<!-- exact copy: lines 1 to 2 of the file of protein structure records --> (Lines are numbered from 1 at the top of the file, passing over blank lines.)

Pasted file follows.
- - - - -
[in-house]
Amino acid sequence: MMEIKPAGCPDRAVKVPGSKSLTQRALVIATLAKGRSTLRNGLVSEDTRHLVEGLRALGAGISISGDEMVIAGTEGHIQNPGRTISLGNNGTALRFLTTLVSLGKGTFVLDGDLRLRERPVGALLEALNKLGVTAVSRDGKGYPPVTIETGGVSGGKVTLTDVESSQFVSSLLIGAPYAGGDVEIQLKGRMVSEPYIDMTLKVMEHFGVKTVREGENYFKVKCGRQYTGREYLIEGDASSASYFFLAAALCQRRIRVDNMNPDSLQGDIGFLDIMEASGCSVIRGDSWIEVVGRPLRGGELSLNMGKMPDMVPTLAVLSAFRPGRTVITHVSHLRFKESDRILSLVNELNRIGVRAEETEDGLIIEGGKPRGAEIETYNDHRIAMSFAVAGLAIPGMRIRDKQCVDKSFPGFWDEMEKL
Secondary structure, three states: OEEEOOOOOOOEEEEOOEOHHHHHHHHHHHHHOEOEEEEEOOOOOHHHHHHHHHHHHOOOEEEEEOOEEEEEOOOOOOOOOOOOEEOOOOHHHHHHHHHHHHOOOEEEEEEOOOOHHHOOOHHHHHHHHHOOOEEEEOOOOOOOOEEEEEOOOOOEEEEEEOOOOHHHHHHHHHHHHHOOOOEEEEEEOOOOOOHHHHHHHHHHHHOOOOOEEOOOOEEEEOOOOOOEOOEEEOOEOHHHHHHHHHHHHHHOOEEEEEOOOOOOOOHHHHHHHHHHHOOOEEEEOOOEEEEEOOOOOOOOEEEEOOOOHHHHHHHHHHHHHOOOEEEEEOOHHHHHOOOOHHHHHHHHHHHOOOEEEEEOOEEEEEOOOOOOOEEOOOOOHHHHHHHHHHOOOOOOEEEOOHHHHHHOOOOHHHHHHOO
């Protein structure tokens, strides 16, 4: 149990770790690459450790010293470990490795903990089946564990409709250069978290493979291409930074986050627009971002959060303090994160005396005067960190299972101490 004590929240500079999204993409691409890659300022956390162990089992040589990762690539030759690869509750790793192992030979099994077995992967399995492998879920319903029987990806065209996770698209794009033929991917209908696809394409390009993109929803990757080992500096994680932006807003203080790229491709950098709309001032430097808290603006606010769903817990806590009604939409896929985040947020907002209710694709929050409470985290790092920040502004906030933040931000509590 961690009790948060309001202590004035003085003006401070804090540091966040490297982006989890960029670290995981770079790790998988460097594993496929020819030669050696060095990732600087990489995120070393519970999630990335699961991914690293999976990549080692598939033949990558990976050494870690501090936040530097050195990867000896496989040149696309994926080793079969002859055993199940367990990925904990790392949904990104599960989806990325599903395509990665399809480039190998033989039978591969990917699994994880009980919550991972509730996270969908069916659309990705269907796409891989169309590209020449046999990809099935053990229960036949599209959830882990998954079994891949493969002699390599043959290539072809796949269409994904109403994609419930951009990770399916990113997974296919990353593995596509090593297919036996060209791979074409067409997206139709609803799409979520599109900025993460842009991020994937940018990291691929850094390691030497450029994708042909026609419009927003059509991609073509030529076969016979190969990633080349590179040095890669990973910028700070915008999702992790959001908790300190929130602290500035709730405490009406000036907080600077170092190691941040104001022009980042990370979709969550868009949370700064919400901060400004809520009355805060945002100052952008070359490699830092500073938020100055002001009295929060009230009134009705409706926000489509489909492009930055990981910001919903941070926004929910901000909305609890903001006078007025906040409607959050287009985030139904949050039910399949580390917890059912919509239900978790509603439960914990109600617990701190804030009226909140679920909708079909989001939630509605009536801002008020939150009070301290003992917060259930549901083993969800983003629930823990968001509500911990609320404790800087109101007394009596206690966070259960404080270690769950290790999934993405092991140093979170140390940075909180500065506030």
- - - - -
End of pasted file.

[in-house]
Amino acid sequence: MMEIKPAGCPDRAVKVPGSKSLTQRALVIATLAKGRSTLRNGLVSEDTRHLVEGLRALGAGISISGDEMVIAGTEGHIQNPGRTISLGNNGTALRFLTTLVSLGKGTFVLDGDLRLRERPVGALLEALNKLGVTAVSRDGKGYPPVTIETGGVSGGKVTLTDVESSQFVSSLLIGAPYAGGDVEIQLKGRMVSEPYIDMTLKVMEHFGVKTVREGENYFKVKCGRQYTGREYLIEGDASSASYFFLAAALCQRRIRVDNMNPDSLQGDIGFLDIMEASGCSVIRGDSWIEVVGRPLRGGELSLNMGKMPDMVPTLAVLSAFRPGRTVITHVSHLRFKESDRILSLVNELNRIGVRAEETEDGLIIEGGKPRGAEIETYNDHRIAMSFAVAGLAIPGMRIRDKQCVDKSFPGFWDEMEKL